By Jesse Kline
Last weekend in Toronto, G20 summiteers agreed to cut deficits in half by 2013 and "reduce government debt-to-GDP ratios by 2016." And it only cost them a billion dollars and a few breaches of civil liberties to achieve this result.
Here's your G20 wrap-up, with bonus late-breaking news of violence against journalists:
The big story from the event was not what the leaders did, but the police state that downtown Toronto was turned into.
The government had prepared for the event by spending an exorbitant amount of money on security. Police were given additional powers inside the security zone by a secret law passed by the Ontario government, which allowed them to arrest people for failing to produce identification. Police also told the public they had these powers around the perimeter of the zone, but later admitted they made this up.
All these measures did not stop a roving band of lefty anarchists from destroying private property and lighting a police car on fire. As one journalist noted, the protesters did not seem to have a coherent message.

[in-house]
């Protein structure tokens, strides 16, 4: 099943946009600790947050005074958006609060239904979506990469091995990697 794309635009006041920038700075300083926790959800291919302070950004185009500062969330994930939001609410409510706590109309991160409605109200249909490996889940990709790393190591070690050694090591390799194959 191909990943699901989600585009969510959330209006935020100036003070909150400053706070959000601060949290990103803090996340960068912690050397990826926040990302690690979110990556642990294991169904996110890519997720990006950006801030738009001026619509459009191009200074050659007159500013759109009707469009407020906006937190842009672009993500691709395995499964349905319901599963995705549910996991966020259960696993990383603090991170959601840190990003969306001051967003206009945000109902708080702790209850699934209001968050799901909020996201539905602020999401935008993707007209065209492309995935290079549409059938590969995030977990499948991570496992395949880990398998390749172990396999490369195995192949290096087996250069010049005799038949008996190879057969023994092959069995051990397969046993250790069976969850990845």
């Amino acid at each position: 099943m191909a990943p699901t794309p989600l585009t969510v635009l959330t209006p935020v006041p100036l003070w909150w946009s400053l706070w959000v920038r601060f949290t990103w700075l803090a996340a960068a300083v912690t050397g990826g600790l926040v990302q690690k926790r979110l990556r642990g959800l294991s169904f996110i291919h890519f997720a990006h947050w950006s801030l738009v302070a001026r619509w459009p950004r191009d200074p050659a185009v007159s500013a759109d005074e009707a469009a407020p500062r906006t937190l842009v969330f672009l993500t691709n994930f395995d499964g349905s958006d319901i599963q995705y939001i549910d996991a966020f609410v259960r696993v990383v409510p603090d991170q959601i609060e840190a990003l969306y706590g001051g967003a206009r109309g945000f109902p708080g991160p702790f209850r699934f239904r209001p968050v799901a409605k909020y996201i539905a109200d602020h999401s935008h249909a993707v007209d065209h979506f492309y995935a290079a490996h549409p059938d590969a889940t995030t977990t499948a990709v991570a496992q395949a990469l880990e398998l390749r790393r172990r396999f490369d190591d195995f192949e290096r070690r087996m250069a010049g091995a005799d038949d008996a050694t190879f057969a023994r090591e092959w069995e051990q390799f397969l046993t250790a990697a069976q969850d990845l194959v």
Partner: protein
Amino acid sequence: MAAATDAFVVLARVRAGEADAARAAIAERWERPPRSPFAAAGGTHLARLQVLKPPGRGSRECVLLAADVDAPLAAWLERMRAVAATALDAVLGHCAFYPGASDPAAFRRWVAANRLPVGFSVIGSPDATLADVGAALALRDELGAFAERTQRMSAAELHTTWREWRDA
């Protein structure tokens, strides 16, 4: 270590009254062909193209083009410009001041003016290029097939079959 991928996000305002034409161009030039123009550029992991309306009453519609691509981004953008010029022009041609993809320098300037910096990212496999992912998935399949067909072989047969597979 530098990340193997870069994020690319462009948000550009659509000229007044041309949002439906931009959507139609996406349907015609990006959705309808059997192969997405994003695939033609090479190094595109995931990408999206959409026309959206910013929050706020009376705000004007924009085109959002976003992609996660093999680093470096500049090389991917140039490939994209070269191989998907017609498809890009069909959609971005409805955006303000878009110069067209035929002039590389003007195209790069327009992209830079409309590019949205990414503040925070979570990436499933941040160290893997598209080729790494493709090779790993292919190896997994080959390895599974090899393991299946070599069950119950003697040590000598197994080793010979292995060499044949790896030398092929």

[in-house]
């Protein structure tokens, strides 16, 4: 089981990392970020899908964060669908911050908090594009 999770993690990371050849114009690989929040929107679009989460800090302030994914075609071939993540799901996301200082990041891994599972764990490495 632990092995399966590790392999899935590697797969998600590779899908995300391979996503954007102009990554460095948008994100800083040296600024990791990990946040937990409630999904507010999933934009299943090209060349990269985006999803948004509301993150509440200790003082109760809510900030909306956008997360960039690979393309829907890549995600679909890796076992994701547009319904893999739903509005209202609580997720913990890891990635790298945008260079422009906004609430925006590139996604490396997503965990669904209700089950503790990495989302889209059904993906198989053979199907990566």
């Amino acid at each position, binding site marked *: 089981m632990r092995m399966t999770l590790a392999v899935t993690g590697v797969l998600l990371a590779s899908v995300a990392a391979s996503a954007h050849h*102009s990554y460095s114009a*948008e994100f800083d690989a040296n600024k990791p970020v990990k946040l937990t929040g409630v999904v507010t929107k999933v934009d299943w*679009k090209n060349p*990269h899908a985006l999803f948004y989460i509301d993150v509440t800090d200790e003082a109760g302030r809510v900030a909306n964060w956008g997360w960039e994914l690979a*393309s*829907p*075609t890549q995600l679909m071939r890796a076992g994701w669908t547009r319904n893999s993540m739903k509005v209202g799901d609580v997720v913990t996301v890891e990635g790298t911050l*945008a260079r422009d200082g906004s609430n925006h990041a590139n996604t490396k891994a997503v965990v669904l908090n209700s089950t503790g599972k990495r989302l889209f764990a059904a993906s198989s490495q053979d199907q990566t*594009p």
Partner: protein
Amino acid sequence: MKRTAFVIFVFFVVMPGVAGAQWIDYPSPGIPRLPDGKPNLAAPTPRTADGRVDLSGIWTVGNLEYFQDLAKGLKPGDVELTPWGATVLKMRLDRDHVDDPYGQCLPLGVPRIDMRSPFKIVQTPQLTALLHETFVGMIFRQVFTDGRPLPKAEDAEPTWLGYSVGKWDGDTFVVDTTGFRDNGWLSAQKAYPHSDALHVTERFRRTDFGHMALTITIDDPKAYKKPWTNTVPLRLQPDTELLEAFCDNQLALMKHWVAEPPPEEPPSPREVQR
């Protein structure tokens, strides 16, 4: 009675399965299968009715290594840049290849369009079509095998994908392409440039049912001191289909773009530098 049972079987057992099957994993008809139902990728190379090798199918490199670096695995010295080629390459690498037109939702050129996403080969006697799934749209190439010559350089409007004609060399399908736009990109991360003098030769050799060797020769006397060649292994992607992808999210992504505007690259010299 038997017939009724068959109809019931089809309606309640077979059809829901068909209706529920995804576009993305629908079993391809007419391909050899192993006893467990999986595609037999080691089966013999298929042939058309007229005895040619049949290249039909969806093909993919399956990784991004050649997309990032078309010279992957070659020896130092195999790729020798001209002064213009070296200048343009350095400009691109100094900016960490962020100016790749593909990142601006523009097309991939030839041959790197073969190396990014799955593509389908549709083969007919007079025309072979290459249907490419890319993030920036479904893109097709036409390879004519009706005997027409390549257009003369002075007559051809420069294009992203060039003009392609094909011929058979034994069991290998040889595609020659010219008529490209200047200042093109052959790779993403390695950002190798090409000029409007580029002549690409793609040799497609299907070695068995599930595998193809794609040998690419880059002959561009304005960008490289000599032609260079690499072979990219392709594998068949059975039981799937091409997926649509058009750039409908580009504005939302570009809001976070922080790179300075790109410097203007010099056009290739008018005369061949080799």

Police responded with what appears to be excessive force and serious violations of the constitutional protections that Canadians usually enjoy. In total, police arrested 900 people—the largest mass arrest in Canadian history—many of whom were held overnight in temporary jails and released without charge.
Police had an equal disdain for the media. Today J-Source has a roundup of journalists who were harassed, beaten, and arrested for trying to bring the story to the world. Although not reporting at the time—or even within the security zone—the Western Standard's Mike Brock tells about how he was tormented and illegally searched, apparently for wearing a black shirt and talking on the phone.